Shonda Rhimes’ new show ‘Inventing Anna’ does not do nearly enough inventing  


After its release on Feb. 11, Shonda Rhimes’ “Inventing Anna” has propelled to the top of Netflix’s Top 10 list in the U.S. Yet, whether it deserves its spot or not is up to debate.  

“Inventing Anna” is inspired by the true story of Anna Sorokin, who was arrested in 2017 after a four-year scamming spree. Pretending to be Anna Delvey, an esteemed German heiress, Sorokin lived lavishly among New York elites, defrauding banks, hotels and even friends she acquired along the way.  

Netflix paid Sorokin $320,000 to secure the rights to her story, but in 2019, the New York Attorney General’s Office invoked the Son of Sam law to sue Sorokin. Created in 1977, the law prevents criminals from profiting off the publicity of their crime. The money was instead used to compensate those defrauded by Sorokin. However, Sorokin still got paid as a consultant for the series.  

The show stars Anna Chlumsky as Vivian Kent, a reporter chasing down the story of Sorokin as her trial unfolds. Kent is a fictionalized version of Jessica Pressler, the journalist that originally thrust Sorokin in the spotlight with an article in New York Magazine. Fighting for redemption after accidentally writing an untruthful story, Kent goes all out in pursuit of interviews with Sorokin and her friends. In real life, Pressler’s career was not on the line; she’d found great success with another article — one that would inspire 2019’s “Hustlers,” starring Jennifer Lopez.  

Although she exhibits courage in the workplace, Kent is unethical, convincing Sorokin not to take her plea bargain so that she would have more time for her piece. Admittedly, the interactions with her elderly coworkers are humorous, as is her relationship with her husband. Yet, sometimes Kent’s persistence bogs the show down, especially when she’s missing pregnancy checkups to trail the story.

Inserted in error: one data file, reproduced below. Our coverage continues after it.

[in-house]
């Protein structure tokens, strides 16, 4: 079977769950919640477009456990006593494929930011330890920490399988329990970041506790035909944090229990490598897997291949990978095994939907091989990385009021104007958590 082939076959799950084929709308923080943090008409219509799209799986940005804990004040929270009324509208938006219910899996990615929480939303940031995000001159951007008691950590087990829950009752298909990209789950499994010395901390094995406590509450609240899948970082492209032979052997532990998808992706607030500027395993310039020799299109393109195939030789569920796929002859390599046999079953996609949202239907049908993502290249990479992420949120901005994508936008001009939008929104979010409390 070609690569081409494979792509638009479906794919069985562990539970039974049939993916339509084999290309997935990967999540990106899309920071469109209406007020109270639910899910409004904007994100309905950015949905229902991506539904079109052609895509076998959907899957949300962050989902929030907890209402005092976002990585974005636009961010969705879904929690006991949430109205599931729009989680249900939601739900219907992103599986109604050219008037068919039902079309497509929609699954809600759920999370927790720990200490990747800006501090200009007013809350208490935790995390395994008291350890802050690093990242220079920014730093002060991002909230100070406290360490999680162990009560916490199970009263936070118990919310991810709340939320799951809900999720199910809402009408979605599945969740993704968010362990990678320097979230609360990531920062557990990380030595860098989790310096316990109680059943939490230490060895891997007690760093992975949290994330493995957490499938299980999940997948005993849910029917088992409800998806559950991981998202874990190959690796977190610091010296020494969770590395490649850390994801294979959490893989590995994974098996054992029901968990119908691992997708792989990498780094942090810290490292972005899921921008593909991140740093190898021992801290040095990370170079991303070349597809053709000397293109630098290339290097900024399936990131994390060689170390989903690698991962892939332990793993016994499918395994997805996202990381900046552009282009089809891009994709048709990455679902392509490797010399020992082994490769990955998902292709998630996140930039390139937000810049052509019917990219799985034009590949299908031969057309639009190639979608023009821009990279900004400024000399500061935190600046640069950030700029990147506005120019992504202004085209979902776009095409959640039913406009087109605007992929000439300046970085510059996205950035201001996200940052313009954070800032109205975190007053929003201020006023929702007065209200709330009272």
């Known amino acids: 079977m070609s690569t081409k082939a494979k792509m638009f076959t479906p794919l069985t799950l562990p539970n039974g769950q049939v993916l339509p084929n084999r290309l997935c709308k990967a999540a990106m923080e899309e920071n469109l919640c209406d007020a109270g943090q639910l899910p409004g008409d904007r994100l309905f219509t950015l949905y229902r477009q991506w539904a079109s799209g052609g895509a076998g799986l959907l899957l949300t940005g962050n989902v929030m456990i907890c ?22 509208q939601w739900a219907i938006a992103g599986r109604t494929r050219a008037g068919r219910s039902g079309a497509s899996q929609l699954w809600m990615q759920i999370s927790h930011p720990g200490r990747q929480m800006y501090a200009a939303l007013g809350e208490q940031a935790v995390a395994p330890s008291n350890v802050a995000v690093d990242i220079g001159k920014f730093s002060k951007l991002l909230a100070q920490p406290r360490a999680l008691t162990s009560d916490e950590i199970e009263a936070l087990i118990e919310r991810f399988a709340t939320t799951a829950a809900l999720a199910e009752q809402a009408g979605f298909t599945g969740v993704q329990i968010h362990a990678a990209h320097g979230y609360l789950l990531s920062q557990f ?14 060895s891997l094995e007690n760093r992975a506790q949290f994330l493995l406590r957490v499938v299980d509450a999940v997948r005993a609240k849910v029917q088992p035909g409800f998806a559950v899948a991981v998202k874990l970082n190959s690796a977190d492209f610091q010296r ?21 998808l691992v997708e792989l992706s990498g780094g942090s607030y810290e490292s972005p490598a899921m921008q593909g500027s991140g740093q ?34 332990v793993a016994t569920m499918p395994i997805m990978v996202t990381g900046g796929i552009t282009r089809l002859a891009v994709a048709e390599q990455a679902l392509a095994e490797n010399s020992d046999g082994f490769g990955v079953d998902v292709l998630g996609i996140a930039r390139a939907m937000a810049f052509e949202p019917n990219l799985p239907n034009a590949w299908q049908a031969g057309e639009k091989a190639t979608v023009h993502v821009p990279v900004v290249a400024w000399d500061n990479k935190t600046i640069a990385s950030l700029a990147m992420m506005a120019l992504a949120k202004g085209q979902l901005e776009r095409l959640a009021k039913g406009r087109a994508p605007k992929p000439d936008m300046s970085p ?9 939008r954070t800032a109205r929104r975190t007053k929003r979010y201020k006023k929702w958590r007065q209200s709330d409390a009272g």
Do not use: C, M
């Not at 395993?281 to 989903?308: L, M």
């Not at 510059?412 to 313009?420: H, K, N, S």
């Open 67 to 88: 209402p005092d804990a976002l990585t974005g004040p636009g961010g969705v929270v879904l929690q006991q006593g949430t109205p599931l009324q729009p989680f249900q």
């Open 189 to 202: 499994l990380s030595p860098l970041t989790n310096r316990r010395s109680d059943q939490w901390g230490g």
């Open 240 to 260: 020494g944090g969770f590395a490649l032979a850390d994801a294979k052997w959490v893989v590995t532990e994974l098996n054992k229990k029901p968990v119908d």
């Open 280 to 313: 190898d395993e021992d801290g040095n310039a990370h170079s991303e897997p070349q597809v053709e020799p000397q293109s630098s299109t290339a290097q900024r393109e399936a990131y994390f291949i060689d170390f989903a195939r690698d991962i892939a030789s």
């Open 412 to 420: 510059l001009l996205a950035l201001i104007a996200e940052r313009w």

In turn, Sorokin, played by Julia Garner, is all flash, no substance. “Inventing Anna” does a great job showing just how much extravagance Sorokin surrounded herself with. We see fashion shows, yacht trips, mansions and hotels galore. Yet, we see very little of Sorokin’s personality beyond her obsession with money. Sorokin shows no remorse whatsoever — even in a jumpsuit at Rikers Island she’s begging Kent to get her access to the VIP room.  

Moreover, most of Sorokin’s friends are still on her side, shockingly enough. Despite being bratty, high-maintenance and mooching off of just about every one of them, her friends shower Sorokin with compliments when talking to Kent.  

Every episode begins with this disclaimer: “This story is completely true. Except for all the parts that are totally made up.” 

But the issue with “Inventing Anna” is that it doesn’t invent nearly enough. It creates elaborate scenes depicting Sorokin’s luxurious lifestyle and scams. But truth be told, her scams don’t need more invention because, by default, they’re dramatic enough. Too much effort was channeled into illustrating grandiose experiences when viewers would have likely favored some backstory as to Sorokin’s family or life back in Germany. 

Another fault is the show’s length. With nine episodes, averaging over an hour each, “Inventing Anna” is a massive undertaking. It’s far from unwatchable, but Sorokin’s character and motivation could have been better developed considering the sheer length of the show.  

Rachel Williams, who was scammed by Sorokin while vacationing in Morocco, unexpectedly found fame for her association with the fraudster. Her book, “My Friend Anna: The True Story of a Fake Heiress,” was recently optioned for an HBO series by Lena Dunham. Perhaps it will be a better alternative to “Inventing Anna,” but Rhimes’ show will do for now.  

Rating: 3 out of 5 stars 

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